Sorry for the long post.
However, “There’s always a solution” – Me
In my case we are at home. we can’t move.
President does not want this but Govern is trying to declare in Argentina “Site status”.
Hospitals are ok for now and open to all but there are just like hundreds of ventilators.
I do not have a 3d printer. but Bule prints o 3D modle of a ventilator is welcome!
A lot of projects are going on all over the world, here’s one of them. They want specialist to join the design work in making the final version of a very cheap device made out of commonly available material:
What is a ‘regular redneck’? We have plenty of “plain ol’ rednecks” around here on the Redneck Riviera.
Regular people, I’d say.
So not this guy then…
This Italian radio interview to the 3D modeler
Snorkling mask (some pieces).
A fast render of // Rolf link [ventilaid.org] project at the state of the art right now.
Please do not print or use the prototype for medical purposes! The clinical testing process is still ahead.
Here is a picture of the simplest sollution I could find. It’s called bagging and requires manual operation, so not sustainable for long use, but is an example of a “redneck product” gone professional.
(Note: this model is a bit more advanced since it has option for extra oxygen (I believe))
Here’s another, more clinical, proposal:
Here, an Italian doctor of intensive care explains at the radio that
90% of the patients at intensive care die. This is in the north of Italy where there is more equipment.
Ventilators: gives very low level of success.
For molecular biologists och researchers in drug development; My son* just uploaded a project package (ready to run) on GitHub by which you can run a Probabilistic Target Profile (PTP) against the; “67 druggable human protein targets reported in [this study] to develop predictive models for them, based on binding data for those proteins in open datasets.” End of qoute.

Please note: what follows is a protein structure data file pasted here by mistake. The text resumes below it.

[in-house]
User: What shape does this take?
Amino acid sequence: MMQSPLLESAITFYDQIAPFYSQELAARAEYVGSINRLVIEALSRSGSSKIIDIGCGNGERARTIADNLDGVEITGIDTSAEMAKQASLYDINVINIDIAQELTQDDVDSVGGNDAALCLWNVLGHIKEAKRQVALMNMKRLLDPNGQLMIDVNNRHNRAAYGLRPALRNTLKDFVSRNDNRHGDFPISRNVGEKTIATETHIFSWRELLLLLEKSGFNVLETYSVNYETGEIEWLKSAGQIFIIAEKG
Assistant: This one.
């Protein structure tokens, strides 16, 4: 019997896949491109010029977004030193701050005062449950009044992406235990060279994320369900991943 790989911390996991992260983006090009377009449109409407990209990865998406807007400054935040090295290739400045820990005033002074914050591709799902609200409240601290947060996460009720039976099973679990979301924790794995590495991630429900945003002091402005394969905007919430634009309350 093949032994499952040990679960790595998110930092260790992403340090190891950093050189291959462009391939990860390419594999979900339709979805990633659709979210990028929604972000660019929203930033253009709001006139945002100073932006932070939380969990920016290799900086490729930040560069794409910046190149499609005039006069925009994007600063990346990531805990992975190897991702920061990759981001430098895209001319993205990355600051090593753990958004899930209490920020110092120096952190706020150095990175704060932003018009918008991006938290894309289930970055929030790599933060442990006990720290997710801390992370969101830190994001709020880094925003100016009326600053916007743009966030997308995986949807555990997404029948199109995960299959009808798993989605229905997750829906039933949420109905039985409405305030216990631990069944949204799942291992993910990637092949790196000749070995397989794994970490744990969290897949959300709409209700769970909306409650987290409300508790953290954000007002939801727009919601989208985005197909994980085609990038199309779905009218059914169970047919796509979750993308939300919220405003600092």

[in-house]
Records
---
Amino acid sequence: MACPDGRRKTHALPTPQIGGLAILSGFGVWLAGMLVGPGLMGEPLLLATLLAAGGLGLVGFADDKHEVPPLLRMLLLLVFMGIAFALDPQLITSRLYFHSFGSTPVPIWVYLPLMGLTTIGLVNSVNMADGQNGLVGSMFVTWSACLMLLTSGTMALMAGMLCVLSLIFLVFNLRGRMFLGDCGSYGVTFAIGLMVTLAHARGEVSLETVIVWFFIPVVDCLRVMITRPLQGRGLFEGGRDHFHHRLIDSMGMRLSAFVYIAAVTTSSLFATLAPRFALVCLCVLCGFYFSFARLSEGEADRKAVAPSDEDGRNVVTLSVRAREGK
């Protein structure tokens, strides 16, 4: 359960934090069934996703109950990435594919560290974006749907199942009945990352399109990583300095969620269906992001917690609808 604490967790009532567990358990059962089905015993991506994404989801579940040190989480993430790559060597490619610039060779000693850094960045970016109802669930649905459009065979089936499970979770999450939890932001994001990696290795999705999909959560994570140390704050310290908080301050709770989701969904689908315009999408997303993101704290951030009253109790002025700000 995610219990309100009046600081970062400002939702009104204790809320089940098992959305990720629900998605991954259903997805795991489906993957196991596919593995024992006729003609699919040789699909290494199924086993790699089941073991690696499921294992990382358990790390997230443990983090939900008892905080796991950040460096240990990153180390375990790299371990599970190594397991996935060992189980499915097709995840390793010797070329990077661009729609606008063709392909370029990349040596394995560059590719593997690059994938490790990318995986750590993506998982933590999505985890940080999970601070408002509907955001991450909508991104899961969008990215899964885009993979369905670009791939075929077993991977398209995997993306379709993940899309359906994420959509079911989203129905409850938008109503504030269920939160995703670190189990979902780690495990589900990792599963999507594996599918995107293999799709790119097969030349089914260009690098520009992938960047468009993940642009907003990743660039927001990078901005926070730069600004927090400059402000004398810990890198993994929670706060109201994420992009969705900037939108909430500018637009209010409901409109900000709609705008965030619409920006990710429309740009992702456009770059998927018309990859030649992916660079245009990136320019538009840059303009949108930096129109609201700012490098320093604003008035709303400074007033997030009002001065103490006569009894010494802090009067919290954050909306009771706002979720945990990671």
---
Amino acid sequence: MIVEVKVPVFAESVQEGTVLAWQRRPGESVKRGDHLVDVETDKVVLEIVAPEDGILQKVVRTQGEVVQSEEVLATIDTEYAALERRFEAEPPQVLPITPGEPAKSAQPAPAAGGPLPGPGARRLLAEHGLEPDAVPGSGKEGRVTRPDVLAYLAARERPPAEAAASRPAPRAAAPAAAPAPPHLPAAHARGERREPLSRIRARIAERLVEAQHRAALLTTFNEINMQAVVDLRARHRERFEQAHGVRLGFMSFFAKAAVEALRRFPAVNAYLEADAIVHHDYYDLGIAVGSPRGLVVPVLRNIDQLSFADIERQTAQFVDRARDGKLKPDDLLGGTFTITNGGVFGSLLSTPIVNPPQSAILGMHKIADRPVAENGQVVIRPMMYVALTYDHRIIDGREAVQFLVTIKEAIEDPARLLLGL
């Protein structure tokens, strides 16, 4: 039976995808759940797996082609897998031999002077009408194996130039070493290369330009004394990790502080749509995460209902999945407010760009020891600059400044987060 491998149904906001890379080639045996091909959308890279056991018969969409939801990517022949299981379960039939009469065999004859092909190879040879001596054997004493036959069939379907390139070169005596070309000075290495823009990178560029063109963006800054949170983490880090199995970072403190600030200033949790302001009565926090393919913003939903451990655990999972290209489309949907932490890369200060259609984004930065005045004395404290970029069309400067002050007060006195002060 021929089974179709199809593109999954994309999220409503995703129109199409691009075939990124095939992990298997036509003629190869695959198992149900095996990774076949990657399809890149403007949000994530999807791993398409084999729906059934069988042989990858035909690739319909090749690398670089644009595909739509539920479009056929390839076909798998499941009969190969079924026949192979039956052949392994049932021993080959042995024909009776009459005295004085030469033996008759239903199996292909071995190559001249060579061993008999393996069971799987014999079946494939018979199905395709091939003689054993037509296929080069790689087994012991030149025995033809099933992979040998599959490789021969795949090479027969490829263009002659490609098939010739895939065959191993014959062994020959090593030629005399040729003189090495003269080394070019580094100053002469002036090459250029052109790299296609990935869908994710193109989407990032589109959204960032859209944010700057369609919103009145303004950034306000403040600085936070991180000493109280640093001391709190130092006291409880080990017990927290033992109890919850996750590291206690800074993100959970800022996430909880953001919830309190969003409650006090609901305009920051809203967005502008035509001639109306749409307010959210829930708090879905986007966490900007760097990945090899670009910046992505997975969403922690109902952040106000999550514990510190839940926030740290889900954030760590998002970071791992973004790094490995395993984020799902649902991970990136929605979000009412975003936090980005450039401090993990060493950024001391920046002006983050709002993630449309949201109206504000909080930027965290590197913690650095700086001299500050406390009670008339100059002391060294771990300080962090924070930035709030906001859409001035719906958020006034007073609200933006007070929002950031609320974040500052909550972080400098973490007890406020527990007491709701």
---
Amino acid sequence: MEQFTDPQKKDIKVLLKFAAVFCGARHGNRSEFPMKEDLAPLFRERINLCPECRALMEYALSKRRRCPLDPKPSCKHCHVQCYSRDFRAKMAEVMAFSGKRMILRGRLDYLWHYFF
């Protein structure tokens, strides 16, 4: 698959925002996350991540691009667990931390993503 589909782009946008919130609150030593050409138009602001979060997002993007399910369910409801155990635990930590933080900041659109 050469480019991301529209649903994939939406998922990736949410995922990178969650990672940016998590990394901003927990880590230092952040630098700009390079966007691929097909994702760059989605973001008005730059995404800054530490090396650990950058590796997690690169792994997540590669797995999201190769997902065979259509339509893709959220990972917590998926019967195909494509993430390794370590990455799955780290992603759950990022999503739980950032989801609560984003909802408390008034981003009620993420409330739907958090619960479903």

Asking my son what this is all about, he replied, in laymans terms***: “Useful for creating machine learning models for the chemical interactions in the body which corona virus interacts with”
Due to his personal experiences in the “field of suffocating” (…) and his education in the field and tools he developed for massive data processing in drug development and machine learning (battle tested, opensource and part of the package in the download**) he has special interest in the development of protective gears and drugs battling the virus.
Similar tests**** are performed also to identify risky substances in drug development where they test, one by one, which substances binds well (or not) to target protein, and which parts of the chemical structure is contributing to the binding. So this same approach is useful also in finding out which proteins interacts with the corona virus, and how.
Spread the word to experts in the field.
| * Affiliated with the pharmio team at Uppsala University. (same guy I mentioned about earlier which had a close call due to allergic shock).
| ** https://scipipe.org/ (used also by NASA)
| *** In Swedish: “Bygga maskinlärningsmodeller för kemiska interaktioner med de proteiner i kroppen som coronavirus interagerar med.”
| **** https://www.frontiersin.org/articles/10.3389/fphar.2018.01256/full
Vacuum cleaner and hand dryer company found a new niche. Well, who would have guessed…?